Understanding The Bible
Part IV - Introduction to the Canon of Scripture


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Dr. Clarence E. Mason, Jr.
Philadelphia College of Bible


         A.   The two groups of NT books
              It will have been noted that the Gospels, Acts, and Pauline episries, with 1 Peter
              and 1 John, were never subjected to the fire of testing that the remaining Catholic
              epistles, the Revelation, and (sometimes) Hebrews were subjected. The reason for
              this has been indicated in NT, B, 3 and 4. Internal and external evidence for
              genuineness was plentiful for the Gospels, etc., whereas it was scarce for the
              disputed books. It was their APQSTOLICITY which was in question.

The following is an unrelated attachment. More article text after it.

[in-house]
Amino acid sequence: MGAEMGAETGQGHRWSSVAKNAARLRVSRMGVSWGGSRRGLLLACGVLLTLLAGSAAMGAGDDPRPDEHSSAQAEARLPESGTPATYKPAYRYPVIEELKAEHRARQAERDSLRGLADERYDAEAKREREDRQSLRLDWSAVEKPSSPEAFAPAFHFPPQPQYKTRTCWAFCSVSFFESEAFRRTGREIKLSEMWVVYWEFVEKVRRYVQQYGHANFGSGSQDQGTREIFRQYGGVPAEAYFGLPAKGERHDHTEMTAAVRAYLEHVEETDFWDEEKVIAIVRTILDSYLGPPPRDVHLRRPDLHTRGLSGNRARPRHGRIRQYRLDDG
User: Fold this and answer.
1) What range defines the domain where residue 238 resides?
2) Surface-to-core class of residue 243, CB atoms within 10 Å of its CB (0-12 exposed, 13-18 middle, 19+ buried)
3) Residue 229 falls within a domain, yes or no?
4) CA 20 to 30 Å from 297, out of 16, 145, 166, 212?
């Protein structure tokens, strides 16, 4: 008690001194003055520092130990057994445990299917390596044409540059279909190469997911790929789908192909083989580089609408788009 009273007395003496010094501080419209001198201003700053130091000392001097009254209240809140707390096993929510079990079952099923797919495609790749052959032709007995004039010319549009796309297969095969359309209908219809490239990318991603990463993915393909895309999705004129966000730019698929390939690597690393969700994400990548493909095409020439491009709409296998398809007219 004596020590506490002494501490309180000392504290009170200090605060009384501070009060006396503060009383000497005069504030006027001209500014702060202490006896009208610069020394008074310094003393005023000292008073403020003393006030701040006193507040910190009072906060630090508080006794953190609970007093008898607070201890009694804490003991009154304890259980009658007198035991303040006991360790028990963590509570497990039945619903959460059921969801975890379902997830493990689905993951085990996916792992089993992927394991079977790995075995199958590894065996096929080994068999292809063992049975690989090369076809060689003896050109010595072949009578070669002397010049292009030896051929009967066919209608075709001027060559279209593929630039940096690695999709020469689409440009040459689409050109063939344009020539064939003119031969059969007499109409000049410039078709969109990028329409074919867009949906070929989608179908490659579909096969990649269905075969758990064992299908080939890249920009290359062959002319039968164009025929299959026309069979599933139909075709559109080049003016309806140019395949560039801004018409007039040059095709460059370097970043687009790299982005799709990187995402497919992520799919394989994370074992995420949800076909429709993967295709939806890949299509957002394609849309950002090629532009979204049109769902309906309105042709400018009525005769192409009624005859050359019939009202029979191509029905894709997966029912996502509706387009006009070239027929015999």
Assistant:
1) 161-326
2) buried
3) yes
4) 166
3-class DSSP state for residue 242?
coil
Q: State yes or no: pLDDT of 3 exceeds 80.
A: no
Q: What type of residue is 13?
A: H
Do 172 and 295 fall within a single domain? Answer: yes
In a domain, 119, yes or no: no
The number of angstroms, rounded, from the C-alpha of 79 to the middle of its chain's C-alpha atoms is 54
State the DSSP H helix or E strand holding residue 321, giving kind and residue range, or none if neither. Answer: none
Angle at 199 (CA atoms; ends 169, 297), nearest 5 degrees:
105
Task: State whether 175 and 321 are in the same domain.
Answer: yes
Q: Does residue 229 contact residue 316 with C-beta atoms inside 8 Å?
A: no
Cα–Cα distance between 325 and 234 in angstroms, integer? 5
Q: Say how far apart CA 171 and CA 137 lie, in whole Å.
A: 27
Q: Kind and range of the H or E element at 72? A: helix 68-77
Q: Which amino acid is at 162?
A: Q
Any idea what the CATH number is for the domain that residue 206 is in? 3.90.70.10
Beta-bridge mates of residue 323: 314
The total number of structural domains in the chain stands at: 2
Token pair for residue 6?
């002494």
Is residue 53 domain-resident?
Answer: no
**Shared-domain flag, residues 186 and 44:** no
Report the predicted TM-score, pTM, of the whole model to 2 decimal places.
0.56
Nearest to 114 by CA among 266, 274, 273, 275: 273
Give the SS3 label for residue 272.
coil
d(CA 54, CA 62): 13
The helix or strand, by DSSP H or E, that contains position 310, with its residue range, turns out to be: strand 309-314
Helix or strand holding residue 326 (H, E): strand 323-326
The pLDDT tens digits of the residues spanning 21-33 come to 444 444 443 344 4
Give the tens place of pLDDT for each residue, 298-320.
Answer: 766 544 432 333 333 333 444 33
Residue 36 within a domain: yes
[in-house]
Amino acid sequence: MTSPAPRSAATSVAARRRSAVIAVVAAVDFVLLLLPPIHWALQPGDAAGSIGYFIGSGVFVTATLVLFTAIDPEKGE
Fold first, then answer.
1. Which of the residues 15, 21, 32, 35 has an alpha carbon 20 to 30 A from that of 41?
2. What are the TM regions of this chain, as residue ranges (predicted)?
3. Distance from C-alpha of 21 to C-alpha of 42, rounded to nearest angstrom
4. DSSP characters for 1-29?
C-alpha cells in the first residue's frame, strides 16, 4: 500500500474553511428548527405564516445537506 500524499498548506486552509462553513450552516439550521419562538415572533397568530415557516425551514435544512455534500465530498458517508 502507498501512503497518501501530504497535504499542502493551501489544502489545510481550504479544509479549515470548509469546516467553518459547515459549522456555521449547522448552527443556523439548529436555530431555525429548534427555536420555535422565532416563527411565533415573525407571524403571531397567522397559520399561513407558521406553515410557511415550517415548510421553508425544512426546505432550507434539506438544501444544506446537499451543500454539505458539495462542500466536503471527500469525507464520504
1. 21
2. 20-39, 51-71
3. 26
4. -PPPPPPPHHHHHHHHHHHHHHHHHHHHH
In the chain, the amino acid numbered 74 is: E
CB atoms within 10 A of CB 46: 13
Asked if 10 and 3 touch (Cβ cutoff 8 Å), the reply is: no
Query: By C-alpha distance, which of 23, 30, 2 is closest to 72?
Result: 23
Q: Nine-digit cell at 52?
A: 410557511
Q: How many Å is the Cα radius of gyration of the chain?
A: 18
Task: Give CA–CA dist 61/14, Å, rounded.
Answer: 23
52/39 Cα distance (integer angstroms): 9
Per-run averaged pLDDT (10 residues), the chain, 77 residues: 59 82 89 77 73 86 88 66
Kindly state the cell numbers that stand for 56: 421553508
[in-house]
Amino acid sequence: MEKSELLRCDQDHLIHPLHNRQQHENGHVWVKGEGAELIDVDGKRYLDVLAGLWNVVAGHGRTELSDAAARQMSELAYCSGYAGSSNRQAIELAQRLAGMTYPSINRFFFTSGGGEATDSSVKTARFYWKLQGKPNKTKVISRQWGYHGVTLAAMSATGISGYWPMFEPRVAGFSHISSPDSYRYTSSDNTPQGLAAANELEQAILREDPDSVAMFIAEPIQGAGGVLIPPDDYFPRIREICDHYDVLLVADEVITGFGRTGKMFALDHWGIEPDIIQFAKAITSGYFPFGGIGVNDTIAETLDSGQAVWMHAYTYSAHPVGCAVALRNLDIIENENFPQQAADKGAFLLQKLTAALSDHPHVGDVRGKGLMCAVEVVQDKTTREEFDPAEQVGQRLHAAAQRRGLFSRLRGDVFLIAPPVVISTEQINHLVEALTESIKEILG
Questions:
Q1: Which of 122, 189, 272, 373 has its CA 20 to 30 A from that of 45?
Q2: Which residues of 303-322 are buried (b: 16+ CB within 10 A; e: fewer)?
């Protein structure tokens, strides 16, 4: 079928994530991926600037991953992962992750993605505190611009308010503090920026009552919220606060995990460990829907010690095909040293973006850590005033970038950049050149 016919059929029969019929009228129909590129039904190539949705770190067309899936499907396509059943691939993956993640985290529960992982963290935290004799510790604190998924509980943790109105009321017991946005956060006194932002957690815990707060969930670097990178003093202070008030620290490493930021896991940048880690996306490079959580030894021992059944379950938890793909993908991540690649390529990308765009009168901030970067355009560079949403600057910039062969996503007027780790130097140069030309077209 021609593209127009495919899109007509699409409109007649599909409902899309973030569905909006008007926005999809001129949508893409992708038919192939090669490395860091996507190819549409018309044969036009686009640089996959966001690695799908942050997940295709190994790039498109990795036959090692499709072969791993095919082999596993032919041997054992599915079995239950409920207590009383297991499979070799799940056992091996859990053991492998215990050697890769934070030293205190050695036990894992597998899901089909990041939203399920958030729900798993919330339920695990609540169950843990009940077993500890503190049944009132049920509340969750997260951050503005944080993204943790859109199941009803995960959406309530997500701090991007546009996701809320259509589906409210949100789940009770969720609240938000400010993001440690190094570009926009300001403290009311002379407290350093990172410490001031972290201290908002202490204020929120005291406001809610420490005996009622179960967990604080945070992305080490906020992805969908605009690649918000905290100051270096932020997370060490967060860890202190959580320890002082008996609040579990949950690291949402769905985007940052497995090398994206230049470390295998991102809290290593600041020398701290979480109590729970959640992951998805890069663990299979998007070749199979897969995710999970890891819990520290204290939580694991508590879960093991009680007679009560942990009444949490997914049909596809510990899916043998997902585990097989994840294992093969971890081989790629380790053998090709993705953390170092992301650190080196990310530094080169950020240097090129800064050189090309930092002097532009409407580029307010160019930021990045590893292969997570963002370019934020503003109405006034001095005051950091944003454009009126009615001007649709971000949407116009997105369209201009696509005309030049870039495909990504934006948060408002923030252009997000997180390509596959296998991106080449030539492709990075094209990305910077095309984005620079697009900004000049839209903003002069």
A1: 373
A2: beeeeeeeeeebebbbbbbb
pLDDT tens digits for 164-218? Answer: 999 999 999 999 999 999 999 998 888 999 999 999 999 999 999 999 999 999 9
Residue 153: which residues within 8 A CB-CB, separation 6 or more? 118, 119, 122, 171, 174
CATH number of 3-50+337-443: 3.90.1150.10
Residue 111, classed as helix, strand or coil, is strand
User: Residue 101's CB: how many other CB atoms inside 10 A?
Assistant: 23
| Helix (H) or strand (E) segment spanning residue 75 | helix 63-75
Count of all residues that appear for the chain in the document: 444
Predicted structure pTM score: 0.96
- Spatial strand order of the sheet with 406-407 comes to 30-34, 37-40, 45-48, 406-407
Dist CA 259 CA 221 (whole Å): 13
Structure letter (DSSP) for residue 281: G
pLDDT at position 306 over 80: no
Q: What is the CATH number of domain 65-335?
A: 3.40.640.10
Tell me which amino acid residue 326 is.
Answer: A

In the end there was universal conviction, and the very doubts which deferred the
              rejection of a small portion of NT Scripture in certain parts of the early Church
              now served to confirm our faith in the rest, for this shows that books were
              received only after the most careful and prayerful scrutiny of both internal and
              external evidence. They were not chosen in the heat and hurry of enthusiasm.
              The books which were delayed in acceptance were sometimes called a
              Deutero-canon (i.e., second canon), because of having been added somewhat later
              than the Gospels, etc.
         B.   Parting word
              Dr. Griffith Thomas once remarked that when all the smoke of the battle of critics
              and friends of the Scriptures has cleared away, if the Scriptures could speak for
              themselves, they would say like Paul to the Philippian jailor, "Do thyself no harm,
              for we are ALL here!" Truly, as the Word does witness to itself, "the Word of the
              Lord endureth forever." Amen.


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